The 67th in Yokohama, Japan, 1864

By the mid-19th Century Japan, like China, had for long presented a closed door to Europeans. In 1858, the United States, by threats of force, had induced Japan to admit diplomatic and consular representatives, a concession then extended to Britain, France and other countries. However, it was deeply unpopular within Japan and every effort was made to restrict the facilities granted.

Attacks on foreigners were frequent. In July 1861 the British Minister’s residence at Yokohama was assaulted, and in August 1862 28 of the 67th under Lieutenant Alfred Price were sent to reinforce the small force guarding the Legation. However, relations between the western powers and Japan continued to be strained all the time the detachment remained in the country. Although it did not have to repel an attack, its position was always precarious and the Legation, like all those of the European powers, was virtually besieged.

In August 1863 the British decided to teach the principal offender, the Prince of Satsuma, a lesson and a naval squadron bombarded his residence at Kagoshima.Despite this the anti-foreign agitation continued unchecked with the result that two companies of the 2/20th were sent to relieve Price’s party. Then, in July 1864, three companies under Major Dugald Miller reinforced the 2/20th at Yokohama, two more following in August.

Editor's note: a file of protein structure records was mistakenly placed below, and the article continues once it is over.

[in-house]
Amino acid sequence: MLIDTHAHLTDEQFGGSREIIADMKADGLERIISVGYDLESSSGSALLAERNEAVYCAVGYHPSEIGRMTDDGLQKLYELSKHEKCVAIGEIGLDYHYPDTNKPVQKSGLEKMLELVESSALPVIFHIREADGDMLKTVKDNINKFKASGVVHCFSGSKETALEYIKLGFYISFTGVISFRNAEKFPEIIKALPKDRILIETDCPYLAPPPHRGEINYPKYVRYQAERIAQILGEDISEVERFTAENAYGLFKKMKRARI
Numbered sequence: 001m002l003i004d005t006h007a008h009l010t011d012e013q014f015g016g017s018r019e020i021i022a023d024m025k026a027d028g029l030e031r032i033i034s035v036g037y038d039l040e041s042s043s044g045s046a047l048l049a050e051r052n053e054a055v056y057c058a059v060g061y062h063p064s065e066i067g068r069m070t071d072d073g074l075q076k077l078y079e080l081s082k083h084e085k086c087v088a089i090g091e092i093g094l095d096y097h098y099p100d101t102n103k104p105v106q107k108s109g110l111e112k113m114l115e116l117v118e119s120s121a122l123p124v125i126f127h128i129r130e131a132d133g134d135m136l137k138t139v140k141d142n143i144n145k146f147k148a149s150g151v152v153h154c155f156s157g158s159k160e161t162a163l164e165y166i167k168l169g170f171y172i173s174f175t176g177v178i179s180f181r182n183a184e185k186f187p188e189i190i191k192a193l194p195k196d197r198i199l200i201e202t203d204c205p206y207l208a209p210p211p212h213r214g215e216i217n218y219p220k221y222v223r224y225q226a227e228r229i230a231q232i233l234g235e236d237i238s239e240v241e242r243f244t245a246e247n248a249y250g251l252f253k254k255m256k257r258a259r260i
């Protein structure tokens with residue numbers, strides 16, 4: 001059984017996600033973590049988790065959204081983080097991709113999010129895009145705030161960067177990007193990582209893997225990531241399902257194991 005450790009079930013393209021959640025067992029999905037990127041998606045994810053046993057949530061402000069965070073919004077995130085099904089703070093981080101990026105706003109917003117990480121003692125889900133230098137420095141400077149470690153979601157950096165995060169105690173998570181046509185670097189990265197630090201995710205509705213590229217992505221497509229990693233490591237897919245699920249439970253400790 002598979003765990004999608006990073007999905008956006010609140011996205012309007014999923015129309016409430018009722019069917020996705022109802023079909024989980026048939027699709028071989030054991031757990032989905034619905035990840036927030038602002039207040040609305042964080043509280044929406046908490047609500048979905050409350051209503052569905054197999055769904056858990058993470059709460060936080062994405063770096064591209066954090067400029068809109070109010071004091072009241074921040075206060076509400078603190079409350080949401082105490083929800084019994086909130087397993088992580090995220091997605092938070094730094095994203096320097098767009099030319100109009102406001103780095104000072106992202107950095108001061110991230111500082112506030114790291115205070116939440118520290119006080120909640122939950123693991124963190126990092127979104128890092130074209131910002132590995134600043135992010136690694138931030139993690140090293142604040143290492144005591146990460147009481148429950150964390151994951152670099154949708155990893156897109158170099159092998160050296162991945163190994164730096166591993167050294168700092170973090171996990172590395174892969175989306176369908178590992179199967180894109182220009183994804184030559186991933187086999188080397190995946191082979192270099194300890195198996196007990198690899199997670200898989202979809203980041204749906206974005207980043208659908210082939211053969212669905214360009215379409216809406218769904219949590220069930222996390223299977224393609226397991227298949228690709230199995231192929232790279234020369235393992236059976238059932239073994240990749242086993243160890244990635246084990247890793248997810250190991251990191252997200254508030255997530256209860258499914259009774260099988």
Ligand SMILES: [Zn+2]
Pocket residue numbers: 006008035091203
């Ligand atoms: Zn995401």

In September a squadron of British, Dutch and French ships forced the Straits of Simonoeski to bring into line another leader of the anti-foreign faction, Choshin, Prince of Nagato, who had been responsible for many outrages. The operations involved landing parties being sent ashore to complete the destruction of the batteries that the naval guns had silenced.

The detachment of the 67th took no part in this action, instead remaining at Yokohama until December 1864. Its presence there had a salutary and sobering effect on the anti-foreign faction. On leaving Japan for Hong Kong the detachment was warmly thanked by the authorities for its ‘valuable aid during an anxious period of service’, ‘its good conduct and discipline having twice specially elicited the warm approbation of H.M.’s Plenipotentiary’. British troops had without fighting on many occasions prevented what might easily have been serious trouble. The 67th’s services in Japan may be reckoned among them.